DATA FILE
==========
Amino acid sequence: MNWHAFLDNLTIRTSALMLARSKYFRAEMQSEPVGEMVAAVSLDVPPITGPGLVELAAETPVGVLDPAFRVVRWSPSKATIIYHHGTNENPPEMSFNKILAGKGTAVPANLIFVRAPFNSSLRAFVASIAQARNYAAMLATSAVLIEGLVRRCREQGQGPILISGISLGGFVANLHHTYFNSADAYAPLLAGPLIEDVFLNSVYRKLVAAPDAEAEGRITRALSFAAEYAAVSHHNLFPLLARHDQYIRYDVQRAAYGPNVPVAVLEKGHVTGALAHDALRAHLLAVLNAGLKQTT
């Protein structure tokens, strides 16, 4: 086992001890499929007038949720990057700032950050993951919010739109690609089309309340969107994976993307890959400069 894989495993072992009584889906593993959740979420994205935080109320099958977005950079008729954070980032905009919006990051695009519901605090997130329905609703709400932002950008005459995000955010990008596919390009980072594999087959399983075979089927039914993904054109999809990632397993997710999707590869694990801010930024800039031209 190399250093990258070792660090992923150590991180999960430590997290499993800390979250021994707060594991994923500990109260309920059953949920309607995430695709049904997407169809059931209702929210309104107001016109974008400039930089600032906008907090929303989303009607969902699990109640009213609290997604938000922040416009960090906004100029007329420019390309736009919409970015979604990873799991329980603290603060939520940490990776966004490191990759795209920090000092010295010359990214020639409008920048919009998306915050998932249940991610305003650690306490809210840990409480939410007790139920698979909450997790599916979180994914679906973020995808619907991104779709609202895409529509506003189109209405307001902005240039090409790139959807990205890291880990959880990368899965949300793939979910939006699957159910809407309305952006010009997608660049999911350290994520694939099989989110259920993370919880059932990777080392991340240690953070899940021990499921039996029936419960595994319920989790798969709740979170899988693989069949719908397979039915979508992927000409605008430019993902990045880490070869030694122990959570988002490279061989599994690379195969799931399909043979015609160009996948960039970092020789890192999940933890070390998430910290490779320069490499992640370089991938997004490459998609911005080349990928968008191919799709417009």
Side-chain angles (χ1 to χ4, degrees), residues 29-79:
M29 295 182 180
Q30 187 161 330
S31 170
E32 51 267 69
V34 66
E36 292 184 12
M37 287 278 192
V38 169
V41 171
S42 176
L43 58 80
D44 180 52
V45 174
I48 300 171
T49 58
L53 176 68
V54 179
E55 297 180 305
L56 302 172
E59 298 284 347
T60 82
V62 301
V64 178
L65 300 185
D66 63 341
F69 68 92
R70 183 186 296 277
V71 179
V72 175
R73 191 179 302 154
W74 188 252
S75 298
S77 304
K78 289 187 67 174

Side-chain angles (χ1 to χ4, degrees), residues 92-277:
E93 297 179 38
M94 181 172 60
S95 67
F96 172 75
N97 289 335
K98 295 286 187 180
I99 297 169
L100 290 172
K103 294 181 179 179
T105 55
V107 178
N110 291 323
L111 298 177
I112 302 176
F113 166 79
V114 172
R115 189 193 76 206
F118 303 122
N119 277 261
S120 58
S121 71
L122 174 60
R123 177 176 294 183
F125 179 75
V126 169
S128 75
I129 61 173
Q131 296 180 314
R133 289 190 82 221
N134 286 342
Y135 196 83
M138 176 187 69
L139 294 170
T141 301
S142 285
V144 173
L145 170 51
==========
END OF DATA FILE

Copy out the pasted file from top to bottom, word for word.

Amino acid sequence: MNWHAFLDNLTIRTSALMLARSKYFRAEMQSEPVGEMVAAVSLDVPPITGPGLVELAAETPVGVLDPAFRVVRWSPSKATIIYHHGTNENPPEMSFNKILAGKGTAVPANLIFVRAPFNSSLRAFVASIAQARNYAAMLATSAVLIEGLVRRCREQGQGPILISGISLGGFVANLHHTYFNSADAYAPLLAGPLIEDVFLNSVYRKLVAAPDAEAEGRITRALSFAAEYAAVSHHNLFPLLARHDQYIRYDVQRAAYGPNVPVAVLEKGHVTGALAHDALRAHLLAVLNAGLKQTT
């Protein structure tokens, strides 16, 4: 086992001890499929007038949720990057700032950050993951919010739109690609089309309340969107994976993307890959400069 894989495993072992009584889906593993959740979420994205935080109320099958977005950079008729954070980032905009919006990051695009519901605090997130329905609703709400932002950008005459995000955010990008596919390009980072594999087959399983075979089927039914993904054109999809990632397993997710999707590869694990801010930024800039031209 190399250093990258070792660090992923150590991180999960430590997290499993800390979250021994707060594991994923500990109260309920059953949920309607995430695709049904997407169809059931209702929210309104107001016109974008400039930089600032906008907090929303989303009607969902699990109640009213609290997604938000922040416009960090906004100029007329420019390309736009919409970015979604990873799991329980603290603060939520940490990776966004490191990759795209920090000092010295010359990214020639409008920048919009998306915050998932249940991610305003650690306490809210840990409480939410007790139920698979909450997790599916979180994914679906973020995808619907991104779709609202895409529509506003189109209405307001902005240039090409790139959807990205890291880990959880990368899965949300793939979910939006699957159910809407309305952006010009997608660049999911350290994520694939099989989110259920993370919880059932990777080392991340240690953070899940021990499921039996029936419960595994319920989790798969709740979170899988693989069949719908397979039915979508992927000409605008430019993902990045880490070869030694122990959570988002490279061989599994690379195969799931399909043979015609160009996948960039970092020789890192999940933890070390998430910290490779320069490499992640370089991938997004490459998609911005080349990928968008191919799709417009």
Side-chain angles (χ1 to χ4, degrees), residues 29-79:
M29 295 182 180
Q30 187 161 330
S31 170
E32 51 267 69
V34 66
E36 292 184 12
M37 287 278 192
V38 169
V41 171
S42 176
L43 58 80
D44 180 52
V45 174
I48 300 171
T49 58
L53 176 68
V54 179
E55 297 180 305
L56 302 172
E59 298 284 347
T60 82
V62 301
V64 178
L65 300 185
D66 63 341
F69 68 92
R70 183 186 296 277
V71 179
V72 175
R73 191 179 302 154
W74 188 252
S75 298
S77 304
K78 289 187 67 174

Side-chain angles (χ1 to χ4, degrees), residues 92-277:
E93 297 179 38
M94 181 172 60
S95 67
F96 172 75
N97 289 335
K98 295 286 187 180
I99 297 169
L100 290 172
K103 294 181 179 179
T105 55
V107 178
N110 291 323
L111 298 177
I112 302 176
F113 166 79
V114 172
R115 189 193 76 206
F118 303 122
N119 277 261
S120 58
S121 71
L122 174 60
R123 177 176 294 183
F125 179 75
V126 169
S128 75
I129 61 173
Q131 296 180 314
R133 289 190 82 221
N134 286 342
Y135 196 83
M138 176 187 69
L139 294 170
T141 301
S142 285
V144 173
L145 170 51